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OPINION: Preserving our Library

The Friends of the Library will hold its annual fundraiser this Sunday from 1-3:30 p.m.; tickets are on sale now.
Friends of the Library annual fundraiser.

When I was a child, we had one book in the house and that was the Bible; this wasn’t because we were any more devout than the next Catholic, Chicano family, but because it was given to us for free. My young mother knew that education was the key to my success in the future. She didn’t have the means to provide much support at home, so my access to books during my developing years came from the San Benito County Free Library.

On my mom’s only day off, she and I would pack a bag and walk from our neighborhood on the west side of Hollister all the way to the library, passing the high school, the Schneider’s raised garden (yes, I remember they were growing cabbages those years), beyond the old Health Foundation, and I knew we were getting close when we came upon the bird cage house. We’d arrive at the library and I’d be let loose to browse my favorites: books on tape, VHS stories, and Dr. Seuss. We’d pack our bag and walk home.

I don’t know if our community understands the sacredness of books and the social implications that come with free access, but I know that the library was a shining point in my childhood, and although I didn’t know how absolutely poor we were, I did know that we didn’t have money for a scoop of ice cream at Wapple’s pharmacy, and certainly didn’t have the money for the books sold their either.

In today’s world, it’s easy to forget that there are people who depend on the library as their sole source of materials and access to computers. Of course there are the library frequenters who use it out of their dedication to public services, and support of programming, but I feel that the library is most important to those whose voices you don’t get to hear, and whose stories you don’t read in your newsfeeds.

This is why I’ve become a member of the Friends of the Library, the nonprofit organization dedicated to the preservation of the library. This Sunday, March 19 from 1-3:30 p.m. is their annual fundraiser: Champagne Tea & Treasures. Tickets are on sale now. You can call 831-205-1373 or message them through their Facebook page or send them an email through their website:

Please join me in helping to keep the library growing strong.


Rachelle Escamilla (Rachelle Escamilla)

Rachelle Escamilla is the host of "Out of Our Minds" on KKUP, author of "Imaginary Animal" and a columnist for Mission Village Voice.


Submitted by (Susan ) on

Rachelle- So well put! Thank you for your help and support! We all have the library as an open forum for each one of us, all are welcome. Its mission, access, and support is needed now more than ever. I hope our community leaders, library patrons, and the public can come together and create a future library, that continues to serve all of our community.

Thank you so much for your support and help!  Your story says so much to all of us, as it is the story of each of us, finding a place in our community that is free, open, and to all.  It seems access to our library and support of its mission is of even more urgency in these present times.  Community leaders, library patrons, and the public need to come together and have a forum to discuss our future library and what our community needs and wants. How can we develop a "future library committee" to discuss the next steps needed for us to move forward?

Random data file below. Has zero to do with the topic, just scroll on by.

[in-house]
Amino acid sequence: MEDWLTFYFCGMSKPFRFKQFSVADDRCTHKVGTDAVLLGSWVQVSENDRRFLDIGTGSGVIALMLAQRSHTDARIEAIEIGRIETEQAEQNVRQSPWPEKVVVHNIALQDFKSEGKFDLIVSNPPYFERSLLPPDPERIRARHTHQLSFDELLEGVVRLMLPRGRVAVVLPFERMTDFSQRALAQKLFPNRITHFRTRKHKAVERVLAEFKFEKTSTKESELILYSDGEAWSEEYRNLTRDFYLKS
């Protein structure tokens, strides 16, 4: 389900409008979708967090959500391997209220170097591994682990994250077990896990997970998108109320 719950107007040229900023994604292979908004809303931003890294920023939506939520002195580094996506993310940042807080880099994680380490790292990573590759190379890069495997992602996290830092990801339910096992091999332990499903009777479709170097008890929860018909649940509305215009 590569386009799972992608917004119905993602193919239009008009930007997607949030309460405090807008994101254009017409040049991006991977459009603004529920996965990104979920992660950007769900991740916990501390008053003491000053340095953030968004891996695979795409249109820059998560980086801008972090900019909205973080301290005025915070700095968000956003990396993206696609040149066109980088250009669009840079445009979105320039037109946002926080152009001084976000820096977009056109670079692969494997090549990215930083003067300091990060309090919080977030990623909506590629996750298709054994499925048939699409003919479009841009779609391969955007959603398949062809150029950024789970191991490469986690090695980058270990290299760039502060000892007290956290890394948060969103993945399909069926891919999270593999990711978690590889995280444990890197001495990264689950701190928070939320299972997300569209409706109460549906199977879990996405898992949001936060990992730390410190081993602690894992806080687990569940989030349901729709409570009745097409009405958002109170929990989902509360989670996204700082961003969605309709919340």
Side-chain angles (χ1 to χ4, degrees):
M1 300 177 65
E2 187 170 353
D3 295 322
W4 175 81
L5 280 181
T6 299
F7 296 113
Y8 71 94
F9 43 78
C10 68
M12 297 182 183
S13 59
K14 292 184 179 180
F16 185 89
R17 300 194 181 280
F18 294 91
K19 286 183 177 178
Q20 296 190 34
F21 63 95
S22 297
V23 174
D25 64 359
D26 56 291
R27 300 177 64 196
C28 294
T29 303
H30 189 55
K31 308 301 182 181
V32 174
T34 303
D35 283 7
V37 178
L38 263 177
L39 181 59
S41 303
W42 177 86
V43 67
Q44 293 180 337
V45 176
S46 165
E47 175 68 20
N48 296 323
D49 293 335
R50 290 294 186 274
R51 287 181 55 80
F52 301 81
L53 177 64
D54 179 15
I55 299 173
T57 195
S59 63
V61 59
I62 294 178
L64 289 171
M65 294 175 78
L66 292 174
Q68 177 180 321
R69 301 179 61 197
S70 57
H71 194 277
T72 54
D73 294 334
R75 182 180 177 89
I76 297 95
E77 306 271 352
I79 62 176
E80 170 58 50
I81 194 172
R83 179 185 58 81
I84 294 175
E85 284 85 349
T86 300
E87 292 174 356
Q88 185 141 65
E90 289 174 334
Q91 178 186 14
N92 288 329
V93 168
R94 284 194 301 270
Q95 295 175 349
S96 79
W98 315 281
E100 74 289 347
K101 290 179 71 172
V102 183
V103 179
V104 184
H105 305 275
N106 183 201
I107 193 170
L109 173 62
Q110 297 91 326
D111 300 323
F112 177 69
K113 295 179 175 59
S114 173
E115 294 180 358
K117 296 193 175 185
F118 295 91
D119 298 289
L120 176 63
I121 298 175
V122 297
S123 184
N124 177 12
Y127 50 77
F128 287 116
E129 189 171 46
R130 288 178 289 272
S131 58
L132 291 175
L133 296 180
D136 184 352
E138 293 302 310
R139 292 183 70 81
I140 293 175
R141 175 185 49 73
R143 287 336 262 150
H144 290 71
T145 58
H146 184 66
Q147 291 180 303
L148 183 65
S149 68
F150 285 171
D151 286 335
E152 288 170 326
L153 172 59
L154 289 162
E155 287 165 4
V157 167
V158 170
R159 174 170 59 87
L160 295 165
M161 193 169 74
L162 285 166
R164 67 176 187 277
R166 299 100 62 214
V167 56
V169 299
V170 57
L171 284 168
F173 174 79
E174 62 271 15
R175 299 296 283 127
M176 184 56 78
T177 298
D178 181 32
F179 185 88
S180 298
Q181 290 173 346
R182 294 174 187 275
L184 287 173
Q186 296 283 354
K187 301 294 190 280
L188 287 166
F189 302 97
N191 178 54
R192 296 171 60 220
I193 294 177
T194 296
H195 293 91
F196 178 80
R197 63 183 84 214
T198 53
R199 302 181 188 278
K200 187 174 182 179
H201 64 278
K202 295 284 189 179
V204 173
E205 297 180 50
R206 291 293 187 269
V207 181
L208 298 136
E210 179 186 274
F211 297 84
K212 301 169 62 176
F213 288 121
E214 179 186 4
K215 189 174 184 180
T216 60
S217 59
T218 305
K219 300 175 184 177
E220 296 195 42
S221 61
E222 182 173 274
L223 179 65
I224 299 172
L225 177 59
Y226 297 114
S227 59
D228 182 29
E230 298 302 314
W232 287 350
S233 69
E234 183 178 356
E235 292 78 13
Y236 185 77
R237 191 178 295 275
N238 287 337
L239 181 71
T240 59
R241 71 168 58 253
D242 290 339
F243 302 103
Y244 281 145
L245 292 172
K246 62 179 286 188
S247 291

We can create the library of the people, for the people and by the people.  Lets get going!

Is it just me or does this little girl put a smile on your face too?  Thanks Rachelle for that and thanks to our many dedicated library workers and volunteers that keep our very own local library running. Let's all make a small donation to pitch in for this valuable resource that is available to all in the community. 

While I admire the Friends of the Library and the work they do, by any fair measure we have one of the worst county library systems in the state.  The capital for the library has been tragically under funded, it was only during the last year that the county and Hollister implemented a library impact fee.  Fifty years without a library impact fee?  When the library was built the country had a population of about 16,000, now it's 59,000.

This is not working, the county does not want to go to the voters and ask for a library bond because they want Hollister to pay more, but they want to keep it a free county library.  Why should Hollister pay more if it remains a county library?  Perhaps they should build their own municipal library, after all San Juan Bautista has one.  Too much local politics - power plays and too little value of education.  Physically we are 45 minutes from Silicon Valley, educationally we are on the other side of the earth.

The physical plant is inadequate as are much of the material collections according to the state database on libraries.  No amount of hard work and dedication will make this Model T win a race in the Tesla world.

Shame on us.

Marty Richman


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